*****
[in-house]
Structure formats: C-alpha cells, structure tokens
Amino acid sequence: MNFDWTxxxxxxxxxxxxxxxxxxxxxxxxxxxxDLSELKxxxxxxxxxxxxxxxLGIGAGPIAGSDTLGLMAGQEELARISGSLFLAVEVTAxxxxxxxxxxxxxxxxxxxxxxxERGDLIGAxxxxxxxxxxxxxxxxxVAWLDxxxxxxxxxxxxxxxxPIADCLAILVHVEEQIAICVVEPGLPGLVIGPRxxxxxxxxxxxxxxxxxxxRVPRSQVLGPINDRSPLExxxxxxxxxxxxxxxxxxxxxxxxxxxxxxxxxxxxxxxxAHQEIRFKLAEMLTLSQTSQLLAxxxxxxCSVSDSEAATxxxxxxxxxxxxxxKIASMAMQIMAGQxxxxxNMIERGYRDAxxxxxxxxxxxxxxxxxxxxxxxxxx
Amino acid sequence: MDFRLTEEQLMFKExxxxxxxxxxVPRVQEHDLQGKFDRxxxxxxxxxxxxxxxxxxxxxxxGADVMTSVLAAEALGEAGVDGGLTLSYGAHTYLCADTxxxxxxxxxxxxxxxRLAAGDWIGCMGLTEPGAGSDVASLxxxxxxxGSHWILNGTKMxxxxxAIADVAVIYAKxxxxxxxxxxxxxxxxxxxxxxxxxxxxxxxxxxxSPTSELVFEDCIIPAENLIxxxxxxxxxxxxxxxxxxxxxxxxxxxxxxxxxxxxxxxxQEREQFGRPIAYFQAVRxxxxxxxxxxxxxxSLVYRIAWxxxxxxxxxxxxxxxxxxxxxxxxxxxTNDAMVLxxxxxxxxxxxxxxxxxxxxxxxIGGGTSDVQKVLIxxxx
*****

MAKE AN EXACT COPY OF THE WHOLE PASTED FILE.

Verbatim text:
[in-house]
Structure formats: C-alpha cells, structure tokens
Amino acid sequence: MNFDWTxxxxxxxxxxxxxxxxxxxxxxxxxxxxDLSELKxxxxxxxxxxxxxxxLGIGAGPIAGSDTLGLMAGQEELARISGSLFLAVEVTAxxxxxxxxxxxxxxxxxxxxxxxERGDLIGAxxxxxxxxxxxxxxxxxVAWLDxxxxxxxxxxxxxxxxPIADCLAILVHVEEQIAICVVEPGLPGLVIGPRxxxxxxxxxxxxxxxxxxxRVPRSQVLGPINDRSPLExxxxxxxxxxxxxxxxxxxxxxxxxxxxxxxxxxxxxxxxAHQEIRFKLAEMLTLSQTSQLLAxxxxxxCSVSDSEAATxxxxxxxxxxxxxxKIASMAMQIMAGQxxxxxNMIERGYRDAxxxxxxxxxxxxxxxxxxxxxxxxxx
Amino acid sequence: MDFRLTEEQLMFKExxxxxxxxxxVPRVQEHDLQGKFDRxxxxxxxxxxxxxxxxxxxxxxxGADVMTSVLAAEALGEAGVDGGLTLSYGAHTYLCADTxxxxxxxxxxxxxxxRLAAGDWIGCMGLTEPGAGSDVASLxxxxxxxGSHWILNGTKMxxxxxAIADVAVIYAKxxxxxxxxxxxxxxxxxxxxxxxxxxxxxxxxxxxSPTSELVFEDCIIPAENLIxxxxxxxxxxxxxxxxxxxxxxxxxxxxxxxxxxxxxxxxQEREQFGRPIAYFQAVRxxxxxxxxxxxxxxSLVYRIAWxxxxxxxxxxxxxxxxxxxxxxxxxxxTNDAMVLxxxxxxxxxxxxxxxxxxxxxxxIGGGTSDVQKVLIxxxx